U.S. Job Creation: Fast Out of the Gate in January

Written by David Schollaert

U.S. job growth saw an unexpectedly rapid expansion in January, outperforming expectations and nearly tripling early estimates. January payrolls rose by 467,000, well above the 150,000 anticipated by economists and a strong start to 2022 despite a new COVID-19 variant.

Strong hiring aside, the unemployment rate rose slightly to 4.0%, a 0.1 percentage point increase despite rising labor force participation, the Labor Department reported.

The Labor Department also revised the December employment gain up from an initially reported 199,000 to 510,000 and November’s job gain from 249,000 to 647,000 – painting a much stronger picture of the labor market than expected.

The U.S. added 86,000 jobs in professional and business services, 61,000 jobs in retail trade, 54,000 jobs in transportation, and 29,000 jobs in local government and education last month.

Workers also saw their wages climb as employers sought to fill millions of job openings from a smaller labor force than before the pandemic. Average hourly earnings rose $0.23 in January and 5.7% annually, though the average workweek for employees fell by 0.2 hour.

The labor force participation rate reached 62.2%, the highest pandemic-era total and the top measure since March 2020. Figure 1 shows the total number of nonfarm workers employed in the U.S. since 2000.

EmpNetJob Figure1

The number of long-term unemployed (out of work for at least 27 consecutive weeks) declined to 1.7 million in January from 2.0 million the month prior, and accounted for 25.9% of the total unemployed in the month. This measure is down from 4.0 million a year earlier, but is 570,000 higher than in February 2020.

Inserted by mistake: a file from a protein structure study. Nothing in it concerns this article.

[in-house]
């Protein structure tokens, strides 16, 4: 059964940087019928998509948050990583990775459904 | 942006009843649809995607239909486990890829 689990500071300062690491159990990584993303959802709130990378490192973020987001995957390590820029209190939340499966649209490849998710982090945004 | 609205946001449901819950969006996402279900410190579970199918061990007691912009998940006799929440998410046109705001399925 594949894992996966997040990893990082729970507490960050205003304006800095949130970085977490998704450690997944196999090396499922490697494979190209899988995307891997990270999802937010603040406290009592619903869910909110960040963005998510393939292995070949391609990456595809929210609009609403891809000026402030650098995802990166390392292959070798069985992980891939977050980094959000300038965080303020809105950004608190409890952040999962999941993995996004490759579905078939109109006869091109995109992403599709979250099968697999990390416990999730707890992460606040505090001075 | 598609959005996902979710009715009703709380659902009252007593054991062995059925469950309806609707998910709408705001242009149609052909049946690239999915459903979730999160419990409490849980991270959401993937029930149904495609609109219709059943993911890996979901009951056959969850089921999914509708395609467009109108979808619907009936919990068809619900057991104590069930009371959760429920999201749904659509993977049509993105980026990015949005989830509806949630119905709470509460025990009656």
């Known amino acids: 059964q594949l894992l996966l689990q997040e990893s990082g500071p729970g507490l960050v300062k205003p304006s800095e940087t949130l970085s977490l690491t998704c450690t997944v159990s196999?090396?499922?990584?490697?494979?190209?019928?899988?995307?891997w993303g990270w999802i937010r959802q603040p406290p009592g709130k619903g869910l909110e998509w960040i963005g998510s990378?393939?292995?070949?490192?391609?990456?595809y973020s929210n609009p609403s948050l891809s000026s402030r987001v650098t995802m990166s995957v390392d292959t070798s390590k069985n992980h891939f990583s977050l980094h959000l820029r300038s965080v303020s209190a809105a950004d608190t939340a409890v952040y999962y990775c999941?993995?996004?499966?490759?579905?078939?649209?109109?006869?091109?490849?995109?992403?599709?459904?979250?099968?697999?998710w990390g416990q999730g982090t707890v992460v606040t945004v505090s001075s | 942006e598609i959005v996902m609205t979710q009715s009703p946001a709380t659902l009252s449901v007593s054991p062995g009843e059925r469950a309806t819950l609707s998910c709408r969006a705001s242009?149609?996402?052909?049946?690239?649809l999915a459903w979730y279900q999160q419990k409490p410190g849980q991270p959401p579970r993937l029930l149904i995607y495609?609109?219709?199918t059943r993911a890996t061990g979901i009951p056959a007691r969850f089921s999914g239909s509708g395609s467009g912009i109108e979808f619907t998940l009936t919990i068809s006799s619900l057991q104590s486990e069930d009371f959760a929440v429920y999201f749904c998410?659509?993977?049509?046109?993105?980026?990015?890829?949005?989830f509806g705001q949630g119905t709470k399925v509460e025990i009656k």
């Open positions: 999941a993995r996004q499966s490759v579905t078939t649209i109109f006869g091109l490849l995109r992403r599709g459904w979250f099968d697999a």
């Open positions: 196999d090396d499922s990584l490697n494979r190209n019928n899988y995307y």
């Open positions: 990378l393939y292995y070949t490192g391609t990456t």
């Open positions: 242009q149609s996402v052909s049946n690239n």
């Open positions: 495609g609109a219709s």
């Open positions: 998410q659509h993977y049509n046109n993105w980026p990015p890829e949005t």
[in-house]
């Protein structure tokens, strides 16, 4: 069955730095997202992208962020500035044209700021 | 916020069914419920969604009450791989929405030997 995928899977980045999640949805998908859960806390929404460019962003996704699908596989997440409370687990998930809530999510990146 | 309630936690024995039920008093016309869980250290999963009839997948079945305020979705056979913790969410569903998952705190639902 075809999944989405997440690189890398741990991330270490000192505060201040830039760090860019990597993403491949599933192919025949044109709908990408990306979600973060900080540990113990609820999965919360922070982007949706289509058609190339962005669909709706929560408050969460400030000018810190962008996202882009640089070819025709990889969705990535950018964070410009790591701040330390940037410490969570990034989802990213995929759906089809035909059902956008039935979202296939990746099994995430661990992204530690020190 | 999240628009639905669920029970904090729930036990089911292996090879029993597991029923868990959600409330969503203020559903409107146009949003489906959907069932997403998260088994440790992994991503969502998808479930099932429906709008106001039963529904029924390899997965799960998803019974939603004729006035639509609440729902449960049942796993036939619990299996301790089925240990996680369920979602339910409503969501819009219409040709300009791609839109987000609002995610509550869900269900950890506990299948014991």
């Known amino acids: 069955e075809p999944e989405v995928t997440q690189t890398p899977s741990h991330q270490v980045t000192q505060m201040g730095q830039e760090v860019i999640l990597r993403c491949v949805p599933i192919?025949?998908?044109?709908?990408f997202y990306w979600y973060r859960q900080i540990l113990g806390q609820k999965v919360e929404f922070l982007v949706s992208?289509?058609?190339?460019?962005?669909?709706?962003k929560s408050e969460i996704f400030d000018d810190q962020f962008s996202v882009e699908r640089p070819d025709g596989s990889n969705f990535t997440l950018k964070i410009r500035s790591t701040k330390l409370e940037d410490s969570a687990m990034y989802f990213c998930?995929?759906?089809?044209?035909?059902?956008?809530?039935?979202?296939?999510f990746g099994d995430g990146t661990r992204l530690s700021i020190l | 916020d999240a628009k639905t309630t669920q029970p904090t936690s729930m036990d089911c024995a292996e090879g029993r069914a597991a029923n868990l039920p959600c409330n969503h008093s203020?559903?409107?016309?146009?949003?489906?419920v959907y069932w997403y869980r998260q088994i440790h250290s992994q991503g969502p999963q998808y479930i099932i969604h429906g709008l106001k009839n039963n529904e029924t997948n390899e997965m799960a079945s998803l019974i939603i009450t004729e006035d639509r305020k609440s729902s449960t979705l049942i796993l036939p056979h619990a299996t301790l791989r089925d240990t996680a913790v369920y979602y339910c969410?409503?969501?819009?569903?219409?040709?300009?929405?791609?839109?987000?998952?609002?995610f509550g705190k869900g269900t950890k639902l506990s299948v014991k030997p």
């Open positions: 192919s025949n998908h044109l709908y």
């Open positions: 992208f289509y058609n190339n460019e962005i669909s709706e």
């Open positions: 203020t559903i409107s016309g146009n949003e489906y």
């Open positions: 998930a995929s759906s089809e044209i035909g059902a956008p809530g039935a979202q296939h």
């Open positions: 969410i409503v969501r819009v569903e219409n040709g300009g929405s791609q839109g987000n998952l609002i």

The historical picture for the duration of unemployment since January 2000 is broken down into <5 weeks, 5 to 14 weeks, and >15 weeks in Figure 2. The total number unemployed was 7.207 million at the end of January, a surge of 1.243 million compared to December. The result pushed the unemployment total above pre-pandemic levels by about 1.203 million people, while roughly 15.297 million more now have jobs compared to the 22.5 million thrown out of work during the worst of the pandemic in April of 2020. As of Feb. 4, 35.4% had been unemployed for more than 15 weeks, 24.5% for 5 to 14 weeks, and 40.1% for less than 5 weeks.

EmpNetJob Figure2

The official unemployment rate, U3, reported in the BLS Household survey (see explanation below) increased from 3.5% in February 2020 to 14.7% in April 2020. Since then, it had trended down at a slow pace, bottoming out at 3.9% in December. January’s increase to 4.0% marked the first gain in 21 months. U6, a more encompassing measure of unemployment that includes discouraged workers and those holding part-time jobs for economic reasons, dropped in January to 7.1% from 7.3% (Figure 3).

EmpNetJob Figure3

Another gauge, and more definitive view, are the number employed as a percentage of the population. Last month, the employment-to-population ratio was 59.7%, a marginal increase from December when the ratio was 59.5%, highlighting the challenges many companies continue to report in filling openings. Figure 4 shows both measures on one graph.

EmpNetJob Figure4

Initial claims for unemployment insurance, which are reported weekly by the Department of Labor, fell by 22,000 to 238,000 in the week ended Feb. 4, following a 26,000 decrease the week prior. Unemployment claims expanded by 88,000 for the first three weeks of January as the country grappled with the Omicron virus.